Quite a while back we visited the Chapman brothers’ “If Hitler Had Been a Hippy How Happy Would We Be” exhibition at the White Cube Gallery near Piccadilly. It was a very interesting exhibition in three distinct part.
Upstairs was “One Day You Will No Longer Be Loved”, a room of altered paintings. Each picture was an old portrait of the kind you would expect to see in any stately home. All of the painting had been changed to make the faces look like those of decomposing bodies, with nose bones exposed, sunken eyes and skull-like grimaces. Really horrible but equally fascinating and in some cases amusing.
Downstairs, in the main room was “Fucking Hell”, a remake of the brothers’ 2000 work “Hell” which was destroyed in the art warehouse fire in 2004.
Nine large glass display cases arrange in a swastika shape. Each case contains a diorama crammed with figures, vehicles and landscape. Most of the figures were skeletal Nazi soldiers, with varying amounts of flesh still on their bones. There were hundreds, if not thousands, in each case, crushed together following paths, being tortured or torturing others. Some of the figures were of Hitler, including one of him painting a picture of the scenes.
Despite the horrific imagery there was actually a lot of humour involved, there’s a McDonald’s logo in there, a Stephen Hawking character on an island and all kinds of amazing little details.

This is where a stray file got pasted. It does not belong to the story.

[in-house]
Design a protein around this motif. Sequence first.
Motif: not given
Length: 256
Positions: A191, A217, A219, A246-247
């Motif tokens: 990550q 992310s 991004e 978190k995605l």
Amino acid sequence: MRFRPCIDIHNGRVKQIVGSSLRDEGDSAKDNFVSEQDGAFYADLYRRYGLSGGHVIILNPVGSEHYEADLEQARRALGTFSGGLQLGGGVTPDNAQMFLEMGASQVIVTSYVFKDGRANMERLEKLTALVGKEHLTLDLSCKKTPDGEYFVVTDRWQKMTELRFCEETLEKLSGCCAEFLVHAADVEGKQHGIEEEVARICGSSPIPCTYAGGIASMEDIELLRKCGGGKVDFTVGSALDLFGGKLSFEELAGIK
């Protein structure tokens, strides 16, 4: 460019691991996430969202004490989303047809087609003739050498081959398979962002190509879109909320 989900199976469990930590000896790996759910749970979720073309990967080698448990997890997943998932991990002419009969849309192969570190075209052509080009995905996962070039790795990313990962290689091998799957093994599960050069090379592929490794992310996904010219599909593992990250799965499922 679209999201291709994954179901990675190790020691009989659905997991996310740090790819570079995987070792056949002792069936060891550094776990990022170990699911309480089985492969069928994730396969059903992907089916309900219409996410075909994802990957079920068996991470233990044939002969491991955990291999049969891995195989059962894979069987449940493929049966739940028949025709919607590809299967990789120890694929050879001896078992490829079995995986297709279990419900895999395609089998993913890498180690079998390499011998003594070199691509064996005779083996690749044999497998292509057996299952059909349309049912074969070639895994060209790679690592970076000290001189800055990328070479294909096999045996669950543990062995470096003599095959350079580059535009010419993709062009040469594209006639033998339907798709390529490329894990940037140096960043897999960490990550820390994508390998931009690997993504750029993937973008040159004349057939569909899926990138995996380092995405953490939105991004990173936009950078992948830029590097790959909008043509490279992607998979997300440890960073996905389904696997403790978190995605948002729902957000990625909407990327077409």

The sheer scale of the work is staggering, the amount of work that the brothers and their team have put in to creating such a huge work is astounding. The horror of it is relentless but fascinating.
The final part of the exhibition gives the show its title, “If Hitler Had Been a Hippy How Happy Would We Be”. The brothers bought 20 authenticated water-colour paintings by Adolf Hitler for Â£115,000 and “improved them” by adding rainbows, flowers and other “pretty” items. They then put the collection on the market for Â£685,000.
An interesting show, with lots to look at. Some people will be horrified by the “bad taste” and twisted creations, but I really liked them. Great imagination and a wicked sense of humour were exhibited in all the works, and I’d recommend people see the works if they get a chance when they’re next exhibited.
(The exhibition closed on 12th July 2008, I really should have written this sooner)